Our poplins are woven with two fold 100 count cotton, which gives a substantial fabric that is soft but also cool and breathable. The quality cotton and construction we use gives a fabric that gets even better with wearing and washing. Poplin makes up the base of our fabric range and is the smartest and most formal fabric (although it also comes in some pretty informal patterns too!). Poplin is probably what you would think of as “standard” shirt fabric and has that classic crisp characteristic. It is really the only way to go for a smart shirt.
The simple over and under weave has twice as many warp (vertical) yarns as weft yarns. This is so that the coloured vertical yarns used in stripes show up with more prominence; so much so that the stripes look like they are made up entirely of coloured yarns when in fact the horizontal weft yarn is usually white. Because of this, poplins take patterns and colours better than any other weave.
Although our lightest weave, our poplins still have some substance to them and aren’t too thin and transparent like some of cheaper or very high count poplins. They will stand up to a lot of wear and abuse!
End-on-End is a variety of poplin where yarns with a different colour to the base colour (usually white) are interwoven into the fabric. This gives the fabric a slightly textured appearance.
Oxfords cover a wide range of fabrics but usually they involve thicker yarns to poplins and each weft or warp yarn passes over at least two yarns.
Oxfords make a great casual shirt and are one or the hardest wearing fabrics. They even look great straight out of the dryer with a few creases in them!
Our standard oxford (above) is made up of two fold 80 yarns woven in a 2×2 weave. This gives a fabric that is very soft and has a slight lustre to it.
As the name suggests our rugged oxford is a thicker and even hardier fabric made using thicker yarns. It is woven with 2×1 weave with a very chunky white weft yarn passing over two relatively thick coloured yarns. This gives a very hard wearing fabric, even if it is not quite as soft as our standard oxford.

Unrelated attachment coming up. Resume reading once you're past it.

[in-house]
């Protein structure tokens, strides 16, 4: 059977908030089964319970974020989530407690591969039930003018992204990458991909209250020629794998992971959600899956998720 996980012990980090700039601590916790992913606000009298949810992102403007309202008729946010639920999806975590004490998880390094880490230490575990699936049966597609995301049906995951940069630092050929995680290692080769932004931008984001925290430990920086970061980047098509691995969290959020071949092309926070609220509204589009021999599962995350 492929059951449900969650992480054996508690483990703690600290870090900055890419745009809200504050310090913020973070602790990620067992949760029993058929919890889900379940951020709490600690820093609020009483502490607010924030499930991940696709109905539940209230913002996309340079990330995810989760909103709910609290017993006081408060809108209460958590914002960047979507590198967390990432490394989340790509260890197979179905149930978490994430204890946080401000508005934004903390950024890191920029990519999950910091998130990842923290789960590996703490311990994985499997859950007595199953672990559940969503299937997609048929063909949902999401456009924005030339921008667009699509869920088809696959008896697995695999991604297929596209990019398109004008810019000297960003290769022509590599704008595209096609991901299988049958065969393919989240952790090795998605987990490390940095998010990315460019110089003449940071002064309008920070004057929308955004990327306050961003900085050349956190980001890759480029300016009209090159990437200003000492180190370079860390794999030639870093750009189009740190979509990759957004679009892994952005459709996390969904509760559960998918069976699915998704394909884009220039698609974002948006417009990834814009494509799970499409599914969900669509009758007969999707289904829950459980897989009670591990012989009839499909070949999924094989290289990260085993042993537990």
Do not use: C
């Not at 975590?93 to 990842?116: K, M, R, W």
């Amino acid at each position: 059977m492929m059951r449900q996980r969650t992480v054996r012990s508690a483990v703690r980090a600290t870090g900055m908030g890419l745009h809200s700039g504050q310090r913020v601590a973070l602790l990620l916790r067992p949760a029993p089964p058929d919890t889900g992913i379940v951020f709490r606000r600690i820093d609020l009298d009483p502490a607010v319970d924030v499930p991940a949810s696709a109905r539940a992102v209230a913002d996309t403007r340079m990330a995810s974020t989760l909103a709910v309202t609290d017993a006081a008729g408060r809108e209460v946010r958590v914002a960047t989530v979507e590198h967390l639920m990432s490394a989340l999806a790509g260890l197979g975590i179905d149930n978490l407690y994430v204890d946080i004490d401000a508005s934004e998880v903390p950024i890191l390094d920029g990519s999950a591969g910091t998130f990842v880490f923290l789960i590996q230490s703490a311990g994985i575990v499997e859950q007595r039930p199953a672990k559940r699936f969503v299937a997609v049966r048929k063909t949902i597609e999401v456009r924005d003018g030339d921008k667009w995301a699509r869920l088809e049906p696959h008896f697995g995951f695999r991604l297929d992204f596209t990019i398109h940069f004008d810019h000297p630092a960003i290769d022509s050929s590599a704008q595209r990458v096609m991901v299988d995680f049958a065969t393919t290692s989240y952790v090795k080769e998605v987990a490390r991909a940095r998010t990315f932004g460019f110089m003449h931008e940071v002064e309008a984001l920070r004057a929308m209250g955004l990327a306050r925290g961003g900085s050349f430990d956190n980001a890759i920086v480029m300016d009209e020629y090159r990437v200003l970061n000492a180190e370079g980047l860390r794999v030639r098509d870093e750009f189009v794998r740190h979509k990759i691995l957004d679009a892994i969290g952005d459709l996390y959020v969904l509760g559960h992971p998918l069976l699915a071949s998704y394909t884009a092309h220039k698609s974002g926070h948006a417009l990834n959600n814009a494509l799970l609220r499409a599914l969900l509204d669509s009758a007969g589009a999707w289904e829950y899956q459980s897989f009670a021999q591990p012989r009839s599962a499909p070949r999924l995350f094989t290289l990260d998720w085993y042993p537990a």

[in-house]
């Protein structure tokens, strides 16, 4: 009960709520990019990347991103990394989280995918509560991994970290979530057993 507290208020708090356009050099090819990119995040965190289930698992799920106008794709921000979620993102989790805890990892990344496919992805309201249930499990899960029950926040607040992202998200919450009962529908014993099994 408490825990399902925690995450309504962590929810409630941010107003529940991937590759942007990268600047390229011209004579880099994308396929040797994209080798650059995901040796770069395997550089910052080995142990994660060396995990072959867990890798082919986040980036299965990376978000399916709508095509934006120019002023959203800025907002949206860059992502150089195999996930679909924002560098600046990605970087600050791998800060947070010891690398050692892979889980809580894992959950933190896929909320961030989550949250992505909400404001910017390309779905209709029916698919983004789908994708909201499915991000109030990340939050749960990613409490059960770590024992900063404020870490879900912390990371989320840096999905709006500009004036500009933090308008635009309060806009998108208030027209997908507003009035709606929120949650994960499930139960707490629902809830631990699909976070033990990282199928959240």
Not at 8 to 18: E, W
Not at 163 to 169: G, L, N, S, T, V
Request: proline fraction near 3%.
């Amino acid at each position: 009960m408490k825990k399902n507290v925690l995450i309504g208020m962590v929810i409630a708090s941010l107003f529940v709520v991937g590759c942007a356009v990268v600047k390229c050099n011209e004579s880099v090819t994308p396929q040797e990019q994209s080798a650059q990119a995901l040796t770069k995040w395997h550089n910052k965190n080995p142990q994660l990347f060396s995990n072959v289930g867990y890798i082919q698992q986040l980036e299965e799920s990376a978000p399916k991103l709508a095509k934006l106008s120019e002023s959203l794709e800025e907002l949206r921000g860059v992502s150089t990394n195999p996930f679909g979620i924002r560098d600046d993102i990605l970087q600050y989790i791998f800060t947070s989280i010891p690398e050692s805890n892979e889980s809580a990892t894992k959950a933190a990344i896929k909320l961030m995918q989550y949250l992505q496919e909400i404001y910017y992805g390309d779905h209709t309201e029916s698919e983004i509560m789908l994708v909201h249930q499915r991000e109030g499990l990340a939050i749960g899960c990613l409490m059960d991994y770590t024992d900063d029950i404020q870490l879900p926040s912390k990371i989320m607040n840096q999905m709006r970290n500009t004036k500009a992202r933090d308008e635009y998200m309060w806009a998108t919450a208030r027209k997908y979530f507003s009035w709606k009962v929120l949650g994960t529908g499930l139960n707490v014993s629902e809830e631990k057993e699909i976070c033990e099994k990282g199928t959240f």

Pinpoint or Pinpoint Oxford
The pinpoint oxford is almost a cross between an oxford and a poplin. It is woven using the same two fold 80 yarns as the standard oxford but in a tighter 2×1 weave with a coloured weft yarn passing over two white warp yarns. This gives a fabric that is a little thicker and more textured than a poplin, but lighter and smarter than an oxford.
It is a great crossover shirt that is smart enough to wear to work, but is a little less formal than a poplin.
Twill / herringbone
Twill is a tight weave where the interlacing of the warp and weft progresses from either left to right forming diagonal ridges in the fabric. As each yarn passes over two or more threads, there are less interlacings than poplin meaning that the yarns can be packed more tightly together resulting in a slightly thicker fabric that is warmer but less breathable. It also means that the yarns can move a little more freely against each other so that twill can feel a little softer and more supple than poplin, is more resistant to creasing and easier to iron. The trade-off is that twill doesn’t have that crisp look and cool feel against the skin you get with poplin and it doesn’t take colour and pattern as well as poplin.
You may recognise the diagonal ridges from your jeans or chinos. It is exactly the same weave although with much finer yarns.
Herringbone is just a variation of twill where the direction is changed at regular intervals.
Our brushed cotton fabrics are a type of twill where the cotton is brushed during the finishing process raising the fibres to give an extremely soft and slightly furry feel and a bit more bulk.
This together with the relative thickness of the yarns (40s) makes brushed cotton the thickest and warmest of our fabrics. Perfect for a walk in the country.
Royal Oxford is a variation of the oxford that is a more formal with a smoother and more lustrous look than the standard Oxford.
Woven with the same two fold 100 yarns as our poplins, the Royal Oxford has a complex basket weave with the weft yarns passing over one two and three of the warp yarns and vice versa. The relatively fewer interlacings of the yarns has a few effects:
It allows the yarns to move more freely and resulting in a softer feel and a great drape.
It produces a smooth and lustrous fabric with a slight sheen.
It allows the yarns to be packed closer to each other giving a tighter weave and a slightly thicker fabric.
Yarn – Strand of cotton or used for weaving fabric
Warps – The lengthwise threads/yarns that make up a fabric
Wefts – The horizontal threads/yarns that make up a fabric – the wefts are passed through the warps in the weaving process